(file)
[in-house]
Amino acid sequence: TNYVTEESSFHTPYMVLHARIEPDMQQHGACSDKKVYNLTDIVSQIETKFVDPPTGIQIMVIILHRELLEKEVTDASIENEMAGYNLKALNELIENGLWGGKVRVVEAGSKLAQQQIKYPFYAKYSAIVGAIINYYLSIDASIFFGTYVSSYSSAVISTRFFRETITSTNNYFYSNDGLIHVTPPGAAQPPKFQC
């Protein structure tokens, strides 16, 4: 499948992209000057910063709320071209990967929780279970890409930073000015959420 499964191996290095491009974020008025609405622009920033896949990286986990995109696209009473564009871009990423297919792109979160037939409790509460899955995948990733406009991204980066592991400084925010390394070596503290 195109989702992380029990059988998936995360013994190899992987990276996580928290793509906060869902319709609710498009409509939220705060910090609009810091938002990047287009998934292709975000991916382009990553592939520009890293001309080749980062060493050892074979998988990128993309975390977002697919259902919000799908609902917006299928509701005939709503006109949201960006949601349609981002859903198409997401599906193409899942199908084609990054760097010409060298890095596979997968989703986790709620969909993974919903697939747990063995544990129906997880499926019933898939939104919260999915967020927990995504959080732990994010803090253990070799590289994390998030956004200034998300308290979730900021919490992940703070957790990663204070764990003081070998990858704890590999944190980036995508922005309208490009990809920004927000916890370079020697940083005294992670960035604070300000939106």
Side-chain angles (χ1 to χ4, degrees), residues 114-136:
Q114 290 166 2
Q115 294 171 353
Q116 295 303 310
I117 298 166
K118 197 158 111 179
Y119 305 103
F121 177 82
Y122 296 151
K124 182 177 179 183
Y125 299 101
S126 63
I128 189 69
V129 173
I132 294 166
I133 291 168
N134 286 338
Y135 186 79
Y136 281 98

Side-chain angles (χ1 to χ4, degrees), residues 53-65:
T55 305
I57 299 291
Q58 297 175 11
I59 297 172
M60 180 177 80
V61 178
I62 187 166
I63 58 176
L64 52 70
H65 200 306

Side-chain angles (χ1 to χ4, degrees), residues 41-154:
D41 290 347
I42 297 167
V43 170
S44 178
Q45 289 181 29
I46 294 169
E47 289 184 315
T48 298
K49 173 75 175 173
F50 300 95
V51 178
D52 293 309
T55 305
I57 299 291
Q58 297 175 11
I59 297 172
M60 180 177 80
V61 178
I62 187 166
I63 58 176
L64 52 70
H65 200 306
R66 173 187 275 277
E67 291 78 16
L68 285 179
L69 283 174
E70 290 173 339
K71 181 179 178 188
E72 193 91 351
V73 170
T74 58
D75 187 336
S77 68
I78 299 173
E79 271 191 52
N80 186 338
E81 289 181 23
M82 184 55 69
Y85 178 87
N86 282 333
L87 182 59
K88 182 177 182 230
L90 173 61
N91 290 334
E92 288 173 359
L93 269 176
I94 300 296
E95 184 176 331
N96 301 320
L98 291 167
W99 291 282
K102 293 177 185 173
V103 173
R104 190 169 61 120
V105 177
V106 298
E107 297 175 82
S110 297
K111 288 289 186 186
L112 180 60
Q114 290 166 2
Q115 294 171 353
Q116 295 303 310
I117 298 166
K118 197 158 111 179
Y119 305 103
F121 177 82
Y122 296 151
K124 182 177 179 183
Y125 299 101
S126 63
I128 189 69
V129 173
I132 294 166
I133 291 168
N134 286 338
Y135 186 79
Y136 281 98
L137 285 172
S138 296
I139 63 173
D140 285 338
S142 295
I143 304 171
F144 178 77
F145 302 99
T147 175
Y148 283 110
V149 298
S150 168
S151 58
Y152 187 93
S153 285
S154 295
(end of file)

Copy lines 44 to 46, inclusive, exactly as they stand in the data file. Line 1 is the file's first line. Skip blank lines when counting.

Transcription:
F50 300 95
V51 178
D52 293 309